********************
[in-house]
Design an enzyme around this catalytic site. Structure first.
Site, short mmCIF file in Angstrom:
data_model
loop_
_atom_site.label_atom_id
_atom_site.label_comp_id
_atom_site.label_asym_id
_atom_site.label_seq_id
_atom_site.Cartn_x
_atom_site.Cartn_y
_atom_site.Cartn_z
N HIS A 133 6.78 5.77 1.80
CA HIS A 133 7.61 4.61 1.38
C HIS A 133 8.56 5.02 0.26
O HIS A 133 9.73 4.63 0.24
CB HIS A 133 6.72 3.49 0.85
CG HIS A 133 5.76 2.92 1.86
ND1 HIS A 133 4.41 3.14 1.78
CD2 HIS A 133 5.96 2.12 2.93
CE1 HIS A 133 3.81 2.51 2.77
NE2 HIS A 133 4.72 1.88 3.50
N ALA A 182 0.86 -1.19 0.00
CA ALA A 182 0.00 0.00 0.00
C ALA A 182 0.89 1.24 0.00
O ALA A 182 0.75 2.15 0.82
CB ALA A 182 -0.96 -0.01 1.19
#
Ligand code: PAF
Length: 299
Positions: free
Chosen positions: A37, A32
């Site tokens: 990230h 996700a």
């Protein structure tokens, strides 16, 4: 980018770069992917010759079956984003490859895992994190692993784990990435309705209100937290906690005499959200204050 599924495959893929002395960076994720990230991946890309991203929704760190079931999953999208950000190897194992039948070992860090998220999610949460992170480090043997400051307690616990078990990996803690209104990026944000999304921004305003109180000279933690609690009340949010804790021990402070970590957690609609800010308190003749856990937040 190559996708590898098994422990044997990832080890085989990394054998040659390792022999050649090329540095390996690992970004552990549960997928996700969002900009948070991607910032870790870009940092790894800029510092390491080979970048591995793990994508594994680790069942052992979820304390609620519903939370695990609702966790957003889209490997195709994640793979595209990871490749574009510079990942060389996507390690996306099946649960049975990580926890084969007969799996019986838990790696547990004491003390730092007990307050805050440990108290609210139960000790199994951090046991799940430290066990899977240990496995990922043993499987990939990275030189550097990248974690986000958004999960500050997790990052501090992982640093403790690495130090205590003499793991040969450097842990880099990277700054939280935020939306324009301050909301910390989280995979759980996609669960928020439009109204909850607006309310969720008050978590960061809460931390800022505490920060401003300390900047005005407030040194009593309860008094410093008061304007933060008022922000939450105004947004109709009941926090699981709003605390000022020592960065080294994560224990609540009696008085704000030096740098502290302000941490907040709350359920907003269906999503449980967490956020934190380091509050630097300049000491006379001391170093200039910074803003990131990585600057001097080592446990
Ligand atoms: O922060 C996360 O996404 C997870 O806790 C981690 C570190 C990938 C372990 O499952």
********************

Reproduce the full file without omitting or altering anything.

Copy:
[in-house]
Design an enzyme around this catalytic site. Structure first.
Site, short mmCIF file in Angstrom:
data_model
loop_
_atom_site.label_atom_id
_atom_site.label_comp_id
_atom_site.label_asym_id
_atom_site.label_seq_id
_atom_site.Cartn_x
_atom_site.Cartn_y
_atom_site.Cartn_z
N HIS A 133 6.78 5.77 1.80
CA HIS A 133 7.61 4.61 1.38
C HIS A 133 8.56 5.02 0.26
O HIS A 133 9.73 4.63 0.24
CB HIS A 133 6.72 3.49 0.85
CG HIS A 133 5.76 2.92 1.86
ND1 HIS A 133 4.41 3.14 1.78
CD2 HIS A 133 5.96 2.12 2.93
CE1 HIS A 133 3.81 2.51 2.77
NE2 HIS A 133 4.72 1.88 3.50
N ALA A 182 0.86 -1.19 0.00
CA ALA A 182 0.00 0.00 0.00
C ALA A 182 0.89 1.24 0.00
O ALA A 182 0.75 2.15 0.82
CB ALA A 182 -0.96 -0.01 1.19
#
Ligand code: PAF
Length: 299
Positions: free
Chosen positions: A37, A32
């Site tokens: 990230h 996700a």
């Protein structure tokens, strides 16, 4: 980018770069992917010759079956984003490859895992994190692993784990990435309705209100937290906690005499959200204050 599924495959893929002395960076994720990230991946890309991203929704760190079931999953999208950000190897194992039948070992860090998220999610949460992170480090043997400051307690616990078990990996803690209104990026944000999304921004305003109180000279933690609690009340949010804790021990402070970590957690609609800010308190003749856990937040 190559996708590898098994422990044997990832080890085989990394054998040659390792022999050649090329540095390996690992970004552990549960997928996700969002900009948070991607910032870790870009940092790894800029510092390491080979970048591995793990994508594994680790069942052992979820304390609620519903939370695990609702966790957003889209490997195709994640793979595209990871490749574009510079990942060389996507390690996306099946649960049975990580926890084969007969799996019986838990790696547990004491003390730092007990307050805050440990108290609210139960000790199994951090046991799940430290066990899977240990496995990922043993499987990939990275030189550097990248974690986000958004999960500050997790990052501090992982640093403790690495130090205590003499793991040969450097842990880099990277700054939280935020939306324009301050909301910390989280995979759980996609669960928020439009109204909850607006309310969720008050978590960061809460931390800022505490920060401003300390900047005005407030040194009593309860008094410093008061304007933060008022922000939450105004947004109709009941926090699981709003605390000022020592960065080294994560224990609540009696008085704000030096740098502290302000941490907040709350359920907003269906999503449980967490956020934190380091509050630097300049000491006379001391170093200039910074803003990131990585600057001097080592446990
Ligand atoms: O922060 C996360 O996404 C997870 O806790 C981690 C570190 C990938 C372990 O499952």